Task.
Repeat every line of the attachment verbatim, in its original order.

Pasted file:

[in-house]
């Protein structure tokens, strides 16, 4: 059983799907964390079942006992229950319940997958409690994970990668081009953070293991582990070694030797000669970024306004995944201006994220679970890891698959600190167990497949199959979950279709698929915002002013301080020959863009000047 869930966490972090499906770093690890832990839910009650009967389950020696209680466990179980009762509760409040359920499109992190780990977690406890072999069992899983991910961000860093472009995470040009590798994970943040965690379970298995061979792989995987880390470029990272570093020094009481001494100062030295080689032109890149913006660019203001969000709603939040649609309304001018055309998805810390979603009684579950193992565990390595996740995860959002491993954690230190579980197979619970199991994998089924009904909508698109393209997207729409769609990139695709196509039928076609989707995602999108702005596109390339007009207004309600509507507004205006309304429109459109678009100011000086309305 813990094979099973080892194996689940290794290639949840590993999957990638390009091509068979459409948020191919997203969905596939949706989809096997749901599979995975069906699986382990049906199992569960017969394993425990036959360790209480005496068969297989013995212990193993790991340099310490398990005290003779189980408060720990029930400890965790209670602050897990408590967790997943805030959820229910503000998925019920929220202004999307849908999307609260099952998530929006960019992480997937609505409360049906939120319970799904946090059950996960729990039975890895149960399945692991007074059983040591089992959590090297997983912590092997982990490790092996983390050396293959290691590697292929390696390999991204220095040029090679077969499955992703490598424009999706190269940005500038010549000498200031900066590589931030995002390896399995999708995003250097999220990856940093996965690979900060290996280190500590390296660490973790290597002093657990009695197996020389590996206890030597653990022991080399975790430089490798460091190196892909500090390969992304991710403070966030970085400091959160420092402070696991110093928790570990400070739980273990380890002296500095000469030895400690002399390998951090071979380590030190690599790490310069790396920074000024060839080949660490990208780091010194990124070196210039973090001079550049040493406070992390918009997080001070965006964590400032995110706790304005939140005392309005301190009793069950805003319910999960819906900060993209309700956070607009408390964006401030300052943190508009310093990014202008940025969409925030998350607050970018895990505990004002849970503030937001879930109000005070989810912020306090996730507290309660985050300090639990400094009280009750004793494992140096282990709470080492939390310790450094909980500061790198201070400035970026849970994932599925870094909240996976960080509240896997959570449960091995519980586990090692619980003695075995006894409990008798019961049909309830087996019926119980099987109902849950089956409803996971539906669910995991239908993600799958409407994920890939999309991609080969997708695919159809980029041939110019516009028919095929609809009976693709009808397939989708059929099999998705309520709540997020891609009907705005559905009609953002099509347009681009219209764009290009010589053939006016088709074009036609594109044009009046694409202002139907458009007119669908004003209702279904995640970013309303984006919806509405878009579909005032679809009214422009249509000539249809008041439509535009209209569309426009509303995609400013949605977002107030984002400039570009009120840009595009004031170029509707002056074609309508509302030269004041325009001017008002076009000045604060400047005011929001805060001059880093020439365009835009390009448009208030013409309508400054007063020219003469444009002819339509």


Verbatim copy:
[in-house]
């Protein structure tokens, strides 16, 4: 059983799907964390079942006992229950319940997958409690994970990668081009953070293991582990070694030797000669970024306004995944201006994220679970890891698959600190167990497949199959979950279709698929915002002013301080020959863009000047 869930966490972090499906770093690890832990839910009650009967389950020696209680466990179980009762509760409040359920499109992190780990977690406890072999069992899983991910961000860093472009995470040009590798994970943040965690379970298995061979792989995987880390470029990272570093020094009481001494100062030295080689032109890149913006660019203001969000709603939040649609309304001018055309998805810390979603009684579950193992565990390595996740995860959002491993954690230190579980197979619970199991994998089924009904909508698109393209997207729409769609990139695709196509039928076609989707995602999108702005596109390339007009207004309600509507507004205006309304429109459109678009100011000086309305 813990094979099973080892194996689940290794290639949840590993999957990638390009091509068979459409948020191919997203969905596939949706989809096997749901599979995975069906699986382990049906199992569960017969394993425990036959360790209480005496068969297989013995212990193993790991340099310490398990005290003779189980408060720990029930400890965790209670602050897990408590967790997943805030959820229910503000998925019920929220202004999307849908999307609260099952998530929006960019992480997937609505409360049906939120319970799904946090059950996960729990039975890895149960399945692991007074059983040591089992959590090297997983912590092997982990490790092996983390050396293959290691590697292929390696390999991204220095040029090679077969499955992703490598424009999706190269940005500038010549000498200031900066590589931030995002390896399995999708995003250097999220990856940093996965690979900060290996280190500590390296660490973790290597002093657990009695197996020389590996206890030597653990022991080399975790430089490798460091190196892909500090390969992304991710403070966030970085400091959160420092402070696991110093928790570990400070739980273990380890002296500095000469030895400690002399390998951090071979380590030190690599790490310069790396920074000024060839080949660490990208780091010194990124070196210039973090001079550049040493406070992390918009997080001070965006964590400032995110706790304005939140005392309005301190009793069950805003319910999960819906900060993209309700956070607009408390964006401030300052943190508009310093990014202008940025969409925030998350607050970018895990505990004002849970503030937001879930109000005070989810912020306090996730507290309660985050300090639990400094009280009750004793494992140096282990709470080492939390310790450094909980500061790198201070400035970026849970994932599925870094909240996976960080509240896997959570449960091995519980586990090692619980003695075995006894409990008798019961049909309830087996019926119980099987109902849950089956409803996971539906669910995991239908993600799958409407994920890939999309991609080969997708695919159809980029041939110019516009028919095929609809009976693709009808397939989708059929099999998705309520709540997020891609009907705005559905009609953002099509347009681009219209764009290009010589053939006016088709074009036609594109044009009046694409202002139907458009007119669908004003209702279904995640970013309303984006919806509405878009579909005032679809009214422009249509000539249809008041439509535009209209569309426009509303995609400013949605977002107030984002400039570009009120840009595009004031170029509707002056074609309508509302030269004041325009001017008002076009000045604060400047005011929001805060001059880093020439365009835009390009448009208030013409309508400054007063020219003469444009002819339509």